A friend of mine sent me this today. I was immediately suspicious, but it was really interesting! I thought you all might like it as well.
Here is a link that might be useful: Insect Hotels
The Aug./Sept. Mother Earth News has one in it, not as fancy at the one you linked. I have Part of a pickup bed liner, a bunch of bamboo, construction plastic and felt, and oak shavings. I plan to build a bug flop house, mine will probably be full of Blister beetles and Cucumber beetles.
When I made the bed for the Seminole pumpkins I dug 10 post holes and filled them with short pieces of bamboo and mulched over them with leaves and shavings. I don't know if it helped any, but the Seminole pumpkins are doing well.
I've seen these online for years and wondered who has the time and patience to build them! You just know that if I put a lot of time and effort into one, copperheads would adopt it and live in it, on it or under it.
We do a really simple basic version (albeit a good distance from the house precisely because of what might choose to live in it) with all natural ingredients just by building brush piles, with big logs on the bottom, and each layer being progressively smaller wood. Everything you can imagine lives in the various levels of the brush piles, and some are desirable creatures you want to have around, while others are not. One well-built brush pile can shelter creatures for up to a decade before it all becomes a decomposed pile of woodsy humus. I think the current active brush piles on our property (meaning they haven't totally decomposed so still can be occurpied) date back to 2005 and 2006, but I did build two new ones last year on the composted remains of our first two from around 2002.
Nothing about our property is neat and tidy (the descriptive words that come to mind are wild and overgrown), so I didn't really have to build them as there's plenty of places on our acreage for all the little critters to live, but the NWF book I read when we bought this place suggested buildilng brush piles to shelter wild critters, so I thought I'd give it a try. I don't poke around our brush piles too much because the black widow spiders use them as much as any other little wild critter does.
I can see how these insect hotels would be great in a yard in town where everything is neat, tidy, well-maintained, etc., thereby leaving the wild critters very few places to live.
Larry, Digging holes like that and filling them with material that eventually will decompose is a great way to (a) improve drainage and (b) improve the soil. It is a technique commercially known as vertical mulching. We used it a little bit to improve the side yard just south of the sun porch because it is an area with dense clay, so has very poor drainage and low amounts of organic matter in the soil. I wish we'd put in about 4 times as many of them as we did.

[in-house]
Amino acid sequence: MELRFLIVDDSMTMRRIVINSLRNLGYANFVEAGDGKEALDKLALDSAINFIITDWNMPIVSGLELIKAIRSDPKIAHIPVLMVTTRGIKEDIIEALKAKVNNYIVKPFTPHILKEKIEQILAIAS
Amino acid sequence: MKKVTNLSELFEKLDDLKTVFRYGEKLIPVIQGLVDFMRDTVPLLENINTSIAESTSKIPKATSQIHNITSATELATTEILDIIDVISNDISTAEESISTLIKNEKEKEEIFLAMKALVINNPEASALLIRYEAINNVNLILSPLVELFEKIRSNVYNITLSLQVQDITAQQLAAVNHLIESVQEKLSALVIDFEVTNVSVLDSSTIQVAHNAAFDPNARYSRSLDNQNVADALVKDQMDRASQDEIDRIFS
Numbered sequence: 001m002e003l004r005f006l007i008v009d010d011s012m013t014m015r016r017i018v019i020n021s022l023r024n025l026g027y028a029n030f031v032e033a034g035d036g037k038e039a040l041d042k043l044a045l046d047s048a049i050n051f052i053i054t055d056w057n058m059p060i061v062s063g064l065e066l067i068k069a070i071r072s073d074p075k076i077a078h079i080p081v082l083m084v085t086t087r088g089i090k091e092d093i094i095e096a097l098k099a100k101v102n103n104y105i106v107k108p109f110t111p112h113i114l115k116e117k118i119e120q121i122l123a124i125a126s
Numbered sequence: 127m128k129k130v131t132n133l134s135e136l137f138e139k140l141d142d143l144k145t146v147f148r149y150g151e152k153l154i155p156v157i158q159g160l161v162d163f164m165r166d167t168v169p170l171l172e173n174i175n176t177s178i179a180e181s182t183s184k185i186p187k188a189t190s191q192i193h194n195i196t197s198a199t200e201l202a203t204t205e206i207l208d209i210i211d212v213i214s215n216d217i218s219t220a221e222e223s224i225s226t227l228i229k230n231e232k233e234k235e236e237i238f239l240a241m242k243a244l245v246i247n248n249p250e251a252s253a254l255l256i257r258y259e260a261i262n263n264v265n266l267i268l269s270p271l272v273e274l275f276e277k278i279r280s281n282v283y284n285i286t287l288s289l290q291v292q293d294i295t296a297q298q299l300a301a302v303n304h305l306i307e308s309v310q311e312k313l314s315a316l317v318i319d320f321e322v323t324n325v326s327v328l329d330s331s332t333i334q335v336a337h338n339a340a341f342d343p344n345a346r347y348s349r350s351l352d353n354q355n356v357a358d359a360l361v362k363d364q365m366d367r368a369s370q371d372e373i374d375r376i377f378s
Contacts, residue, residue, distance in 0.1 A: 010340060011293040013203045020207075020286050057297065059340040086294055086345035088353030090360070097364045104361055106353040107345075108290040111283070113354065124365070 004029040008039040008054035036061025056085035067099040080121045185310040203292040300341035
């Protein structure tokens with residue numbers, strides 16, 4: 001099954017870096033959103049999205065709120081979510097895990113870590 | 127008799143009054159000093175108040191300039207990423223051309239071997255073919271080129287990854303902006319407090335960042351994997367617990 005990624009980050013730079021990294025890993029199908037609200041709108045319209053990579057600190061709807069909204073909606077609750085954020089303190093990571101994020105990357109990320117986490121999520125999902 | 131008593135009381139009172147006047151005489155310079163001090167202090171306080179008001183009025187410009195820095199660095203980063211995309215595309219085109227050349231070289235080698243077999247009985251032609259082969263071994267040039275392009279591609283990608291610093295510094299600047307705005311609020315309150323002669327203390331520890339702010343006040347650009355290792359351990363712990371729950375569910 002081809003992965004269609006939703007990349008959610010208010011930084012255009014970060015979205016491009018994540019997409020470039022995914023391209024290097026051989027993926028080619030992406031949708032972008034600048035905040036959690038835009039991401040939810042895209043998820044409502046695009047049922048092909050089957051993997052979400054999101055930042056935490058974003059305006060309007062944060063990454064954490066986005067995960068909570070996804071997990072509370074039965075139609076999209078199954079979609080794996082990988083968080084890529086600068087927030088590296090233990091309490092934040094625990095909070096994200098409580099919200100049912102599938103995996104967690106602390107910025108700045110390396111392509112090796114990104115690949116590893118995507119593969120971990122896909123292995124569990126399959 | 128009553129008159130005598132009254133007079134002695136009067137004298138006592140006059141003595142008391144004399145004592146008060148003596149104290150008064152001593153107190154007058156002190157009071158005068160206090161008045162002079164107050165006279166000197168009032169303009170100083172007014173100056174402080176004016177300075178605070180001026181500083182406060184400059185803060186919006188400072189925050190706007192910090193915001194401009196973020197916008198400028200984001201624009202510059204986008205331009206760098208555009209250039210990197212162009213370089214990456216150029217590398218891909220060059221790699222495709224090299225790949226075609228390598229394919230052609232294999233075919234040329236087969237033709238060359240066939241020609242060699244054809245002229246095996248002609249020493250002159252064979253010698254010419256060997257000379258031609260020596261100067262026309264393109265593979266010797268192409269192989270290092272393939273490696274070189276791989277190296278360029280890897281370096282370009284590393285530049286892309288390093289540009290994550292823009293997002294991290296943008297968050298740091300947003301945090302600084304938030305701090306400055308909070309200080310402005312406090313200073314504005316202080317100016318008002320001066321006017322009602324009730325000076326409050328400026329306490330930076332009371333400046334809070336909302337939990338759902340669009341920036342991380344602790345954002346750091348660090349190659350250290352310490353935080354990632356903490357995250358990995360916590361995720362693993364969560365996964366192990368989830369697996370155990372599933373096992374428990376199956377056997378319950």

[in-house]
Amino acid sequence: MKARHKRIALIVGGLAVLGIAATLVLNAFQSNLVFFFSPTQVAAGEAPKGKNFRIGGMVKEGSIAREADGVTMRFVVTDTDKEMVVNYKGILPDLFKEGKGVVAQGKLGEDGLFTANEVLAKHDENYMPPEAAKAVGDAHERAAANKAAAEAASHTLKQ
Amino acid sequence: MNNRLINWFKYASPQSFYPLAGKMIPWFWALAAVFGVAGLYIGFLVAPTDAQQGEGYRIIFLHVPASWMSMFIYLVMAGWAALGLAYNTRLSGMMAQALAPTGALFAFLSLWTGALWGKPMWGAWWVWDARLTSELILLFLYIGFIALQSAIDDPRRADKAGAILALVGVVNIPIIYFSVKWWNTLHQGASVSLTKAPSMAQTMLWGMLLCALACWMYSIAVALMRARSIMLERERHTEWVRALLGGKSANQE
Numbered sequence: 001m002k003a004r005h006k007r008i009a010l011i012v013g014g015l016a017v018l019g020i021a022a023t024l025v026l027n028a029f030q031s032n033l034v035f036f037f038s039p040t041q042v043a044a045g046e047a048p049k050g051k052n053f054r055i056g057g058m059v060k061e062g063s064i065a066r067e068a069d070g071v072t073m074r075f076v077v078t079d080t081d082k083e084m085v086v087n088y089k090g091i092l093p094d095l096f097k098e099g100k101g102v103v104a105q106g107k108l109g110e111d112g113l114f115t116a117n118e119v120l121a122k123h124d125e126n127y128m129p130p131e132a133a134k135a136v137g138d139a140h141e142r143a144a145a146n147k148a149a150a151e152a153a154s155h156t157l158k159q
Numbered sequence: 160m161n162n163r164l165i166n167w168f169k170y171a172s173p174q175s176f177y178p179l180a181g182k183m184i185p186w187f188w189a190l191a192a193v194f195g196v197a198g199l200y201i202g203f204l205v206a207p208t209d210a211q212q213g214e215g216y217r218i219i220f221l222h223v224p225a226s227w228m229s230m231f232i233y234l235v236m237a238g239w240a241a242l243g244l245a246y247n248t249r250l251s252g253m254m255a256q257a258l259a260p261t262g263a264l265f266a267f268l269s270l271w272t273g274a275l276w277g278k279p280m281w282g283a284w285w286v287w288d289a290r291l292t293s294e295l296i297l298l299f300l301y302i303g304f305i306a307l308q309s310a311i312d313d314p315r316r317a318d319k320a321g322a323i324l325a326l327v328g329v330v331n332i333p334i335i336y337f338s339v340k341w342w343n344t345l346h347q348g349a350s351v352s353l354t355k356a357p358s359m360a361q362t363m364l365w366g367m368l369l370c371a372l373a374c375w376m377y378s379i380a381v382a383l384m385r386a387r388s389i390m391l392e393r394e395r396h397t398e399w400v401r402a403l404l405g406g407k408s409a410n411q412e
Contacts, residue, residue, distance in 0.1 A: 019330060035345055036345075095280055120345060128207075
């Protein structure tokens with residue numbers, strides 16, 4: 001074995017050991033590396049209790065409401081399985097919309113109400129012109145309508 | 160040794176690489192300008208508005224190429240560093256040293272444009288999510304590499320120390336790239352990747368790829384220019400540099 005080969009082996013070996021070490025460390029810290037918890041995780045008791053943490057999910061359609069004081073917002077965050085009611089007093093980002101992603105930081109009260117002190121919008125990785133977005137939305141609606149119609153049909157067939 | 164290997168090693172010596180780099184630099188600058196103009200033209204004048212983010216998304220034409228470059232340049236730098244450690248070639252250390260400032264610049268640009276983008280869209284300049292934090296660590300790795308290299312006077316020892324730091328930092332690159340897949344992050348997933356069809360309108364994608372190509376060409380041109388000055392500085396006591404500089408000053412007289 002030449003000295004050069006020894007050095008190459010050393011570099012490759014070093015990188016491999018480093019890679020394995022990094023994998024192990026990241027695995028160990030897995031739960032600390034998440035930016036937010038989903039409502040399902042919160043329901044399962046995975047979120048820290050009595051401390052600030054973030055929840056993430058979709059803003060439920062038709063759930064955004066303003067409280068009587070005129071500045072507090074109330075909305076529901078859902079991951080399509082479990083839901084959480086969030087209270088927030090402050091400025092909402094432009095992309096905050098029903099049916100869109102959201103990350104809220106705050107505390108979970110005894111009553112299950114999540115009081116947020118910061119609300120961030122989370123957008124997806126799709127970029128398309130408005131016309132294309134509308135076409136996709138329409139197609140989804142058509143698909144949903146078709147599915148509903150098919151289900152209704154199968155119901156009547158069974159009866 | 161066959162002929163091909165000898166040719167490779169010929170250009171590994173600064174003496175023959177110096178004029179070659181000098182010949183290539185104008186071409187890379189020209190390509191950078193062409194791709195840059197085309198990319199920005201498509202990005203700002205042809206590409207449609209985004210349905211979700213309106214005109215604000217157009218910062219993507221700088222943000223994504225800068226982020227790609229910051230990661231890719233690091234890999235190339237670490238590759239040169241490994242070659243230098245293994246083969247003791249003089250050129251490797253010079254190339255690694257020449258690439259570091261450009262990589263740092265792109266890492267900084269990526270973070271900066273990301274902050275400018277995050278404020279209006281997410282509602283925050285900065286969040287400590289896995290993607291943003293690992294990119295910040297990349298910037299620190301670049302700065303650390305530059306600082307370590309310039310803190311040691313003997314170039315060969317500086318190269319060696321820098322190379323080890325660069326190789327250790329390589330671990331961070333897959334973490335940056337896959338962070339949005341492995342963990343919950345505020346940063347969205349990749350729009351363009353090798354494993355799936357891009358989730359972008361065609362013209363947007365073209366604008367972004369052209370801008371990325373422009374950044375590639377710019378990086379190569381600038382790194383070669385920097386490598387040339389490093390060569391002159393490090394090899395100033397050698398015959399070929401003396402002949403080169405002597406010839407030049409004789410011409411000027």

Larry, they mentioned lady bugs....I thought about you!
Dawn, yeah, I don't have the patience to do one, and my neighbors might not be too excited about me drawing in MORE insects that I already do :) lol at the copperheads...probably. Actually I just saw another photo and thought of you...it was a "soaking" pool that was basically a very large plastic sheet draped over hay bales in a square. You could build your own swimming pool :)
Lisa, I'd pulled that website up too when this topic came up. It looks like the type of thing you'd see in Santa Fe, Austin or an art community because some look like professional yard art and very cool looking, in fact some of them are high end art and great compositions in texture and design. Who'd care if they work or not? Time spent in creating would not be an issue in that regard.
The one that really caught my eye though was the big old cut down tree trunk with the roof on it. I think thats a great way to make an ugly thing into an interesting and artistic asset if you can't afford to have the thing removed. Its the best idea I've ever seen and I've seen some pretty corny and ugly ones out there where people tried to turn them into something. I saw one "carved like a rock" and it didn't quite work. It would depend on where the tree was planted if it looked good or not, I can't see doing an old street tree down by the curb for example.
but, I don't believe the straw and pinecones laying on shelves would do well in our wind around here, do you?
This post was edited by GreatPlains1 on Mon, Jul 22, 13 at 16:14
We had a "natural" swimming pool back when the spring still ran and the big pond held water. Now we just have about a half acre empty pond that no one has swam in for years. It is hard to believe the kids used to swim in it, and that we used to sit on the dock and fish. If you tried that now, all you'd catch would be dirt, dust and grasshoppers.
I'll pass on the hay bale swimming pool. The last of of my stash of free hay bales will go onto the winter garden as mulch.
I've seen hot tubs made from galvanized metal stock tanks and we do have one of those......
GreatPlains1, Someone in Marietta had an old standing tree trunk (seems like it was 7 or 8' tall) carved into a statue of a Native American about a decade ago. It was pretty cool, although it just kind of stood there in the middle of the yard. I haven't been down that street in a while, but I am pretty sure it has been gone for years. I cannot even remember the last time I saw it. Whoever carved it did do a really great job. From what I remember from reading a newspaper article about it once, they had paid someone to do it and that person used a chain-saw to get the basic shape, and then hand-carved the rest.
They have those tiny wasp houses in the back of some seed magazines. They even send the tubes with bugs in them and they are supposed to be great for plants.
I can't imagine needing to buy wasps :) My garden seems to have an abundance of them. I'll be happy to share!